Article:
Okay, so I was right about the dish-washing. Because as we see at the beginning of this week’s episode, Tiago and Molly follow that up by returning to the beach house and spending the night together.
And I mean the whole night, because while the rest of the police force is in a big tizzy over Reilly the mean cop’s death, Tiago is blissfully unaware. He returns to his neighborhood just as the cops are conducting a violent search for the perpetrators.
And while Mateo is falling into bed himself (with Rio and Fly Rico), Tiago turns into a madman as he and Lewis interrogate folks. His questioning of one woman is so harsh, as he threatens to have her deported and separated from her child forever, that Lewis and I responded, “Jesus Christ” in unison. His transformation is so unnerving that Lewis ends up making a Dr. Jekyll and Mr. Hyde reference. Tiago isn’t that far gone, but he’s not great, either.
And his mood doesn’t improve when a witness–the woman who was with Reilly in that hotel room or whatever it was–describes the people who came in. Rio and Fly Rico are pretty easy to recognize, but only Tiago recognizes the description of one of the others. That little detail about the fresh tattoo sticks outs, especially after last week’s dinner time fireworks.
So while he and Lewis head to the Vega home to see if Raul knows how to find Fly Rico, Josefina sits with Molly. Earlier, Molly had told Tiago a charming tale about something that happened when she was a child, when she and her mom were touring. They’d gotten caught after a hurricane and these nice men helped out.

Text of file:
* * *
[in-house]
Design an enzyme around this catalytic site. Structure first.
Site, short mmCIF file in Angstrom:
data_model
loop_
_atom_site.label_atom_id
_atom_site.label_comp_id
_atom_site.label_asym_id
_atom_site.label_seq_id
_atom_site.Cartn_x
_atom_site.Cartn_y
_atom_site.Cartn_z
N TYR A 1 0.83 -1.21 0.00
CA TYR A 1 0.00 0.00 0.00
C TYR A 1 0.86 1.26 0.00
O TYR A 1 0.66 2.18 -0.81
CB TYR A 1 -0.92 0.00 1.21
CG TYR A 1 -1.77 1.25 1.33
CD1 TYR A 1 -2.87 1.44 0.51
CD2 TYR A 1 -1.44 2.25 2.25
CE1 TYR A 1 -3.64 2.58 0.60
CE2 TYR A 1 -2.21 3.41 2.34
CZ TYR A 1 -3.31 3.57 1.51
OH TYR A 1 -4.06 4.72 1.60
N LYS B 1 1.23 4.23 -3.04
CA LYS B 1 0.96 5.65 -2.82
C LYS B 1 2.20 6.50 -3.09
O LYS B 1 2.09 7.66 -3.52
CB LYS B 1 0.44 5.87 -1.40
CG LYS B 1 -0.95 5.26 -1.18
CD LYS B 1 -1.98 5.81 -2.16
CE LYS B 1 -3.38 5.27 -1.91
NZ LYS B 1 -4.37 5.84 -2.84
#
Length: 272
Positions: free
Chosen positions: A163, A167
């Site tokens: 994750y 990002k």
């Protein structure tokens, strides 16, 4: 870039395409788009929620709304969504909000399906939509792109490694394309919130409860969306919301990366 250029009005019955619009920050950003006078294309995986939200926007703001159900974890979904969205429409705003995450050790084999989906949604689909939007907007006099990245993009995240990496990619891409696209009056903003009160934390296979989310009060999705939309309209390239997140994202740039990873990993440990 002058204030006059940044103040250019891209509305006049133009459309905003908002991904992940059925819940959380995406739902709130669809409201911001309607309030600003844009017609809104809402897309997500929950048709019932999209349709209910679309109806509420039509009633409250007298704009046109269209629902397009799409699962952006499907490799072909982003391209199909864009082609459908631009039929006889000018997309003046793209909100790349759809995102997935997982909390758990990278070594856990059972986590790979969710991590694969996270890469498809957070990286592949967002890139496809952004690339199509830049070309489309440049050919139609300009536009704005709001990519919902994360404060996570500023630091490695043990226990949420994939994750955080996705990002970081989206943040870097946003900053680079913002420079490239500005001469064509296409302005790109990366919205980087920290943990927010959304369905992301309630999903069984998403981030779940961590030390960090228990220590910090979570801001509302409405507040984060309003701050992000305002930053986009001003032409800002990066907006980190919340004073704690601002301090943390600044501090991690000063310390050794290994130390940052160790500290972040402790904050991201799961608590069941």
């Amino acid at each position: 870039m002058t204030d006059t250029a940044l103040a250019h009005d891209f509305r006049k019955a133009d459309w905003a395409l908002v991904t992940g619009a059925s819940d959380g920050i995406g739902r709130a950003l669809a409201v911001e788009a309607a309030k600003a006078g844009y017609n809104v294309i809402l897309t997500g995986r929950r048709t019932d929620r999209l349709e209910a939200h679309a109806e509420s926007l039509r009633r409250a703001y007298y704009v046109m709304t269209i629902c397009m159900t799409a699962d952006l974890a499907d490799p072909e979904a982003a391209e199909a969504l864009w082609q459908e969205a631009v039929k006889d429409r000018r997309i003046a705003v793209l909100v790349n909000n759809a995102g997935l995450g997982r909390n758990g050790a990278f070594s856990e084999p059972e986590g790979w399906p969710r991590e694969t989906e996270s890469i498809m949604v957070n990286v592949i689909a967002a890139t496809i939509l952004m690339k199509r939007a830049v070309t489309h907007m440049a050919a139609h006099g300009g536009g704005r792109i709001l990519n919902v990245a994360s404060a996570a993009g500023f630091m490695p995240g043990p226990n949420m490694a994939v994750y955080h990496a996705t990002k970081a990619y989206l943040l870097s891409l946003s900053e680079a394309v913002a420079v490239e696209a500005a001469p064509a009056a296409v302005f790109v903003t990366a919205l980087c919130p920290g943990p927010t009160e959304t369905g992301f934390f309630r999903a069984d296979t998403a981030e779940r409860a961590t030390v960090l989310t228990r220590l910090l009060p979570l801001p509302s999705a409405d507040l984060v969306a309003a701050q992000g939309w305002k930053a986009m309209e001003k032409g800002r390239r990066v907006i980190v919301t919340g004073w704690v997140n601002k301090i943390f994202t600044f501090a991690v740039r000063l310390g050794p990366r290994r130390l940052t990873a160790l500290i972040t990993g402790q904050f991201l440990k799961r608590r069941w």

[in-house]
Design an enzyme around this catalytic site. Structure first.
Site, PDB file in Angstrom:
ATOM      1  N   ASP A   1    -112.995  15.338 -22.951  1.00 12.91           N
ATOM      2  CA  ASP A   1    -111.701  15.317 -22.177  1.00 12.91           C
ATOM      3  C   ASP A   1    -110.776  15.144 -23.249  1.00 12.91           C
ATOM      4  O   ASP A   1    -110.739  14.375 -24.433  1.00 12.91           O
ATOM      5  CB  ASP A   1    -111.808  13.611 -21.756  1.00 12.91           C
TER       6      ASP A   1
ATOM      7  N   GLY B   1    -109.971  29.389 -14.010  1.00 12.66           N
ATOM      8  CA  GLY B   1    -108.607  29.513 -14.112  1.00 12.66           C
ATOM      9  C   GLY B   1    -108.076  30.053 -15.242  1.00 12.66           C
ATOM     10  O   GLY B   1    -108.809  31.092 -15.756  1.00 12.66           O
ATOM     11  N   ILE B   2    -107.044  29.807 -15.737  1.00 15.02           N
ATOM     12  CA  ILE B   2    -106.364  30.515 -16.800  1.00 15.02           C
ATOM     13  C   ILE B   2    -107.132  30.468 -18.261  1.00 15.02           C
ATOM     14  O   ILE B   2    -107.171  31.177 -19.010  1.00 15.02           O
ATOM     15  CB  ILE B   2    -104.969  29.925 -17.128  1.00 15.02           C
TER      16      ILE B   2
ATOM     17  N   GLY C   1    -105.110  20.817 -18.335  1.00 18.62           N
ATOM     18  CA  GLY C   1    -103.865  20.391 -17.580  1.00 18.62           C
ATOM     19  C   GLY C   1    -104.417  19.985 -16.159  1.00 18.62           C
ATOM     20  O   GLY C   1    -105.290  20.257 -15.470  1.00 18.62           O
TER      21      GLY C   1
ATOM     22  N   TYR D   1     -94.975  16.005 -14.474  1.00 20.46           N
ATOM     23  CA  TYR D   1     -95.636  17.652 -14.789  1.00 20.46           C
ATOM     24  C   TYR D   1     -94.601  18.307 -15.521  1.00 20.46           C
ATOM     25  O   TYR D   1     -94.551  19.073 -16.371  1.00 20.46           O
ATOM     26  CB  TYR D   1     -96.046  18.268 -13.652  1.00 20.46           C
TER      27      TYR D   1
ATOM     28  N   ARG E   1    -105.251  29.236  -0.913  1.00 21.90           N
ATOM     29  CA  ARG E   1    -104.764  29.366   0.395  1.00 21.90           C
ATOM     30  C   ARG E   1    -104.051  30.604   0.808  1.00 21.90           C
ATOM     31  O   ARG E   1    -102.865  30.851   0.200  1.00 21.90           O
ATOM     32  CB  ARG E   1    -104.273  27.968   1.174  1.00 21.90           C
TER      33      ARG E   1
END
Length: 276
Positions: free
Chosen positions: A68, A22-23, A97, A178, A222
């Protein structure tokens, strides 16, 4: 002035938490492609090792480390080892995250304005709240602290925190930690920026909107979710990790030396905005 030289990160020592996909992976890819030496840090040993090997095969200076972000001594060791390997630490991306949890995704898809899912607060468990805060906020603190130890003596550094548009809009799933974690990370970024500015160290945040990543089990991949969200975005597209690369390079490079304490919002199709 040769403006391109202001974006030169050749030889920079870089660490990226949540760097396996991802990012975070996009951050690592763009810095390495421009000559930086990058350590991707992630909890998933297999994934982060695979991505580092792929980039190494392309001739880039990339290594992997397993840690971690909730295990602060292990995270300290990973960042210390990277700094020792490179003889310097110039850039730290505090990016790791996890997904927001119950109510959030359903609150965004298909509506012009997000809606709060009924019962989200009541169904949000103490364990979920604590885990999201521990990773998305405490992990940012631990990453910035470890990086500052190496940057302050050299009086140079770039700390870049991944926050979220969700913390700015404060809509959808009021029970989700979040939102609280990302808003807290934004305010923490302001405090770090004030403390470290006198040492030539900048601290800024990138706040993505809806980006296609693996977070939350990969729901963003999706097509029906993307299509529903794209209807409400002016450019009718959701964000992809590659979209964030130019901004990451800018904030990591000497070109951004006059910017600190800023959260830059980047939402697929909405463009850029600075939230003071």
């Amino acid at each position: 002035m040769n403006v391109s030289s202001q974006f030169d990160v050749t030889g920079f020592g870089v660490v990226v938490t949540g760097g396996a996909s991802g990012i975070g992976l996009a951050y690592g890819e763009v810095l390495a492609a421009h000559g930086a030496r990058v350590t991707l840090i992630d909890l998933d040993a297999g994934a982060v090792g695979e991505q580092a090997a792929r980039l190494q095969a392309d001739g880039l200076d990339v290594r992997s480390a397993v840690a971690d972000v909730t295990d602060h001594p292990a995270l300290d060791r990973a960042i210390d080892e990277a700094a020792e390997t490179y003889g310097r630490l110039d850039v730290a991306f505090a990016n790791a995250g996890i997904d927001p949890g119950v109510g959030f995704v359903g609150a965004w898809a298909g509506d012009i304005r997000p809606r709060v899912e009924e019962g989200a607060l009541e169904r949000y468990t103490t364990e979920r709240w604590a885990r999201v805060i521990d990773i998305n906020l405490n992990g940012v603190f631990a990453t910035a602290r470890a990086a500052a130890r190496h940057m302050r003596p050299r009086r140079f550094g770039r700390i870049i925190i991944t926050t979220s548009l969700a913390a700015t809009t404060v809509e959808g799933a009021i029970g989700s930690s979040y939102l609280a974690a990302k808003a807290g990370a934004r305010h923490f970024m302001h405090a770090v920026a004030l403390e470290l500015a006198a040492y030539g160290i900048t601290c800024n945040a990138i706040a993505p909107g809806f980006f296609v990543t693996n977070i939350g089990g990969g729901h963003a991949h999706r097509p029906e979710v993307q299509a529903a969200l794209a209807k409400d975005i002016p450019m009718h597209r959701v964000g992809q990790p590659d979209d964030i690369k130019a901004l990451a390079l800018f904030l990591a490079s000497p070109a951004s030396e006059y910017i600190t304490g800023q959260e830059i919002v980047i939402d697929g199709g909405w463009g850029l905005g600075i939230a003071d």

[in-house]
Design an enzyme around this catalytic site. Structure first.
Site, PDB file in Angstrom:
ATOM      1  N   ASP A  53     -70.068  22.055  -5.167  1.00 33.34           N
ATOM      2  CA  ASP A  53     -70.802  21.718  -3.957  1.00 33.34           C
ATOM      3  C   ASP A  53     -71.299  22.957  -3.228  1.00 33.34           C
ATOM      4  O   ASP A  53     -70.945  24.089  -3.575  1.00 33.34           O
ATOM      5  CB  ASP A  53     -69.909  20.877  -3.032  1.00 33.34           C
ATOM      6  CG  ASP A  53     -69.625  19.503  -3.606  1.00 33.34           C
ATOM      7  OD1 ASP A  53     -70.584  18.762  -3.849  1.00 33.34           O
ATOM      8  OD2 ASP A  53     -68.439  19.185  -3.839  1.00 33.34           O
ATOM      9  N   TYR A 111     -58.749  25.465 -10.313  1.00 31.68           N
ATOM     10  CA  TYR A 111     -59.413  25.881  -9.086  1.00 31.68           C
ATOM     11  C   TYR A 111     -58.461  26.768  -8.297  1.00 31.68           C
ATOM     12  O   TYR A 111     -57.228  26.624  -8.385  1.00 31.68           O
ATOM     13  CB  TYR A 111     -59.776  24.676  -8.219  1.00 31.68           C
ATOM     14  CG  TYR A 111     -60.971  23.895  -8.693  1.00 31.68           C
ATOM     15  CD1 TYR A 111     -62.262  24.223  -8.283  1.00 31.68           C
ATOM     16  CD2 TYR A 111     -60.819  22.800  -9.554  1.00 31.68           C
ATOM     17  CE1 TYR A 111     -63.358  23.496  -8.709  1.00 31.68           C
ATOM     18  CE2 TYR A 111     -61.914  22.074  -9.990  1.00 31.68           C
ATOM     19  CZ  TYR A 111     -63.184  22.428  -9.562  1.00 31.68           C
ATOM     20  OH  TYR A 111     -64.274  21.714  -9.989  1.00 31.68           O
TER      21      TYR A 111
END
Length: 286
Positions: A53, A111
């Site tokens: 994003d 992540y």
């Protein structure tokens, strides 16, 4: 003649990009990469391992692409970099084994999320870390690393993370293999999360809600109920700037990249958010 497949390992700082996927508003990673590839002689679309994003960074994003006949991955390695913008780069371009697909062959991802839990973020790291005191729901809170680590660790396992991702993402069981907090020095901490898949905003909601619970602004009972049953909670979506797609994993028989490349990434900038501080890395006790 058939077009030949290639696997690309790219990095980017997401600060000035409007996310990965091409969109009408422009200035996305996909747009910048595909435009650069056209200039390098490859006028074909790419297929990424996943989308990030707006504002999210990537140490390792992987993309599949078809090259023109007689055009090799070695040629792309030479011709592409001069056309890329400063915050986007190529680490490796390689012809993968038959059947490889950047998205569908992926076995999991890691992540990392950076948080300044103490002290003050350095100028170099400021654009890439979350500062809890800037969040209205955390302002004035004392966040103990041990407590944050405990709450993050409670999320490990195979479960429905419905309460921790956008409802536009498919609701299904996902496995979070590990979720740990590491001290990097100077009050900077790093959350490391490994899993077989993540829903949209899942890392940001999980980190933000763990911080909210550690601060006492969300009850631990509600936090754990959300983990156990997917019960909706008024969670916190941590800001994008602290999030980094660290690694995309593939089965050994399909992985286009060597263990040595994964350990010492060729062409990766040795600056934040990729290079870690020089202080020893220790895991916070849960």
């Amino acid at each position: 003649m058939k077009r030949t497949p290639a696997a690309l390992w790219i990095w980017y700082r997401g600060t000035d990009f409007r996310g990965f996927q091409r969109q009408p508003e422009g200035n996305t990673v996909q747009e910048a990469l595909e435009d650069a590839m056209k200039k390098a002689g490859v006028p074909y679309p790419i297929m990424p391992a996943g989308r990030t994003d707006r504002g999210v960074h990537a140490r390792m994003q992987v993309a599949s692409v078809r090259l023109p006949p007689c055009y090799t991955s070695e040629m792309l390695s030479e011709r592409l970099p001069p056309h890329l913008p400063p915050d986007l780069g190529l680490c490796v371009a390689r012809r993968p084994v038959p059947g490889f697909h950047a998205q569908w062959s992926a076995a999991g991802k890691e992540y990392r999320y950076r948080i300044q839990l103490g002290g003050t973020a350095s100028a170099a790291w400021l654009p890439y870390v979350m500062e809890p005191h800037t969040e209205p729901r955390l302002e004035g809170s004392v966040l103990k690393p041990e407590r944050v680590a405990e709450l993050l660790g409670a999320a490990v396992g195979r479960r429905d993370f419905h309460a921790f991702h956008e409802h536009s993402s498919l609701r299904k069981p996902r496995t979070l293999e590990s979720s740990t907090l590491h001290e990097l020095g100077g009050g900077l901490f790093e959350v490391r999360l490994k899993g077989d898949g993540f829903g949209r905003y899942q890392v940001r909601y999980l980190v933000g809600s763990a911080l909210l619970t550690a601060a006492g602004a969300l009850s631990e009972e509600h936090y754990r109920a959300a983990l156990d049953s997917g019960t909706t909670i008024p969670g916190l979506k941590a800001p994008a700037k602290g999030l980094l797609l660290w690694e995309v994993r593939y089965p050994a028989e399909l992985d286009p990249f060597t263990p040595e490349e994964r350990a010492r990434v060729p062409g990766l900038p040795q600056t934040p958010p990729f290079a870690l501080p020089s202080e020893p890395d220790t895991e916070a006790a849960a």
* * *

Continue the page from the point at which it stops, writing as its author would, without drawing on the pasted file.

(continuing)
It’s interesting to me that she tells Josefina a different version. The bones are still the same–they got stranded after a hurricane and a group of men stopped–but the result is very different. Instead of being a light-hearted fun memory, she seems to imply that the men raped her or her mother or both–it’s unclear.
This, of course, is in response to Josefina telling her what Reilly did to her. Josefina also tells her that her brother is the first Chicano police officer in Los Angeles. Molly doesn’t let on that she also knows–biblically–the first Chicano police officer in Los Angeles, by the way. I mean, obviously. Their relationship, while very appealing to me personally, is biblically dumb. She is, at the very least, a witness. How IS that Hazlett case coming?
If I had to guess, Magda is behind it somehow. I’m drawing my conclusions based on her activity as Elsa this week. She mind-meddles a man into coming home with her and beating her up, so she can kill him in response. Then she calla her savior, Dr. Craft, over to tell him her sad story. (She’s pretending the man was her husband.) Unless I missed it, at no point does Craft question where her vile offspring is, even when they leave the house to bury this man’s body. And especially not when they have sex next to his grave.
While all of that is going on, Dottie is checking on Brian. And I have to say, I don’t really get this storyline. It already seems clear that he does not believe in Nazi ideology and doesn’t want to help them, so I don’t know why they’re still strong-arming him. Also, why doesn’t he just tell the government? I’m sure they’d be very interested to know that representatives of a foreign country are trying to get our rocket secrets, even if we aren’t actually at war yet.
Anyway, maybe it’ll be explained later, especially since Kurt was spying on their exchange. As for now, Lewis and Tiago finally track down the pachucos. They end up having to chase them, which culminates in Tiago pulling a gun on one of his brothers again And I have to say, I don’t get this, either. Not the pulling the gun part, but why Mateo doesn’t tell him why he killed Reilly. If I had to guess, then I’d say it was because the plot needed him not to. And that’s unfortunate, because it feels cheap. And it feels like a sour note, especially after last week.
7/10 – While this wasn’t a bad episode, it was a bit of a let-down after last week. It felt scattered, as all of these plotlines have yet to coalesce, and it’s still fuzzy what kind of story they’re trying to tell.